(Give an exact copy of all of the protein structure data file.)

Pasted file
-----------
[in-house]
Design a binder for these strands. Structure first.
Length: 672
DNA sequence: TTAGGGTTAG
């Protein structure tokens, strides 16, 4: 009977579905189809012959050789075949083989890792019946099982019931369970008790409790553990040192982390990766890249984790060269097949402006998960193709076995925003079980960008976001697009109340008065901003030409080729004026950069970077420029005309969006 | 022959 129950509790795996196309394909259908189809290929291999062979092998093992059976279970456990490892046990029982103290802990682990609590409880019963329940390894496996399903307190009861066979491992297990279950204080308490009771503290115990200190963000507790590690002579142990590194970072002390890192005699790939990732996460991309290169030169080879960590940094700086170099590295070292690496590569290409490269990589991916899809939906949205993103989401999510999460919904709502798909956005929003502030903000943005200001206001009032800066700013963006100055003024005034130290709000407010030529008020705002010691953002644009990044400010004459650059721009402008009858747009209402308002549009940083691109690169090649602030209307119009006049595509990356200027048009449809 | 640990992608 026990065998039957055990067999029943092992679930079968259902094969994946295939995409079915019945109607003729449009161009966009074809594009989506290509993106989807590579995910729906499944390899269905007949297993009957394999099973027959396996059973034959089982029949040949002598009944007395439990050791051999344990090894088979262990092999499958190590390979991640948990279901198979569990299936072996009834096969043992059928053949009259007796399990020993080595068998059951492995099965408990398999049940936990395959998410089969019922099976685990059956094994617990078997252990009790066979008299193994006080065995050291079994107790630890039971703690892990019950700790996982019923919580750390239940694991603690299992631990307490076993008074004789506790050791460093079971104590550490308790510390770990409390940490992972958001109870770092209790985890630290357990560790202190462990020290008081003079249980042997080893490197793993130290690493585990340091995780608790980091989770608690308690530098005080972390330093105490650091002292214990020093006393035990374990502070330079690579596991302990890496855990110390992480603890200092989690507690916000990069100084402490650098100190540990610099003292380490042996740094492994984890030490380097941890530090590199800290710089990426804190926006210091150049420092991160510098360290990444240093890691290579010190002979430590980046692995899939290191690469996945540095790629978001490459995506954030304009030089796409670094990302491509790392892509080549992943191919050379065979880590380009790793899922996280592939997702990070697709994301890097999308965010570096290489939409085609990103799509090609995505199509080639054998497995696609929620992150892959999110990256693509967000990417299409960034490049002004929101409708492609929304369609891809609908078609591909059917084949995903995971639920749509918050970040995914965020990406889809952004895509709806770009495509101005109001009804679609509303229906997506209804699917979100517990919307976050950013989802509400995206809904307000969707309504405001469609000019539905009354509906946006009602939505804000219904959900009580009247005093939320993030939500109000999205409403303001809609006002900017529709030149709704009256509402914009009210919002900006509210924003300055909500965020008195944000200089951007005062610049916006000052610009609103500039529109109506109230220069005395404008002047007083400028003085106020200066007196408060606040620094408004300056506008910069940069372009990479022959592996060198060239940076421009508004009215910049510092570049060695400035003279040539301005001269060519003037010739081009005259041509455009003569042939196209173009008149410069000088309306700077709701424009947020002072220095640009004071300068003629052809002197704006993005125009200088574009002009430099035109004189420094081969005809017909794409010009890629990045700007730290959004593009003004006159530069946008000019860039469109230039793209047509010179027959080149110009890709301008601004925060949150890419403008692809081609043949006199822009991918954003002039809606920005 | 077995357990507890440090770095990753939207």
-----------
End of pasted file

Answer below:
[in-house]
Design a binder for these strands. Structure first.
Length: 672
DNA sequence: TTAGGGTTAG
């Protein structure tokens, strides 16, 4: 009977579905189809012959050789075949083989890792019946099982019931369970008790409790553990040192982390990766890249984790060269097949402006998960193709076995925003079980960008976001697009109340008065901003030409080729004026950069970077420029005309969006 | 022959 129950509790795996196309394909259908189809290929291999062979092998093992059976279970456990490892046990029982103290802990682990609590409880019963329940390894496996399903307190009861066979491992297990279950204080308490009771503290115990200190963000507790590690002579142990590194970072002390890192005699790939990732996460991309290169030169080879960590940094700086170099590295070292690496590569290409490269990589991916899809939906949205993103989401999510999460919904709502798909956005929003502030903000943005200001206001009032800066700013963006100055003024005034130290709000407010030529008020705002010691953002644009990044400010004459650059721009402008009858747009209402308002549009940083691109690169090649602030209307119009006049595509990356200027048009449809 | 640990992608 026990065998039957055990067999029943092992679930079968259902094969994946295939995409079915019945109607003729449009161009966009074809594009989506290509993106989807590579995910729906499944390899269905007949297993009957394999099973027959396996059973034959089982029949040949002598009944007395439990050791051999344990090894088979262990092999499958190590390979991640948990279901198979569990299936072996009834096969043992059928053949009259007796399990020993080595068998059951492995099965408990398999049940936990395959998410089969019922099976685990059956094994617990078997252990009790066979008299193994006080065995050291079994107790630890039971703690892990019950700790996982019923919580750390239940694991603690299992631990307490076993008074004789506790050791460093079971104590550490308790510390770990409390940490992972958001109870770092209790985890630290357990560790202190462990020290008081003079249980042997080893490197793993130290690493585990340091995780608790980091989770608690308690530098005080972390330093105490650091002292214990020093006393035990374990502070330079690579596991302990890496855990110390992480603890200092989690507690916000990069100084402490650098100190540990610099003292380490042996740094492994984890030490380097941890530090590199800290710089990426804190926006210091150049420092991160510098360290990444240093890691290579010190002979430590980046692995899939290191690469996945540095790629978001490459995506954030304009030089796409670094990302491509790392892509080549992943191919050379065979880590380009790793899922996280592939997702990070697709994301890097999308965010570096290489939409085609990103799509090609995505199509080639054998497995696609929620992150892959999110990256693509967000990417299409960034490049002004929101409708492609929304369609891809609908078609591909059917084949995903995971639920749509918050970040995914965020990406889809952004895509709806770009495509101005109001009804679609509303229906997506209804699917979100517990919307976050950013989802509400995206809904307000969707309504405001469609000019539905009354509906946006009602939505804000219904959900009580009247005093939320993030939500109000999205409403303001809609006002900017529709030149709704009256509402914009009210919002900006509210924003300055909500965020008195944000200089951007005062610049916006000052610009609103500039529109109506109230220069005395404008002047007083400028003085106020200066007196408060606040620094408004300056506008910069940069372009990479022959592996060198060239940076421009508004009215910049510092570049060695400035003279040539301005001269060519003037010739081009005259041509455009003569042939196209173009008149410069000088309306700077709701424009947020002072220095640009004071300068003629052809002197704006993005125009200088574009002009430099035109004189420094081969005809017909794409010009890629990045700007730290959004593009003004006159530069946008000019860039469109230039793209047509010179027959080149110009890709301008601004925060949150890419403008692809081609043949006199822009991918954003002039809606920005 | 077995357990507890440090770095990753939207």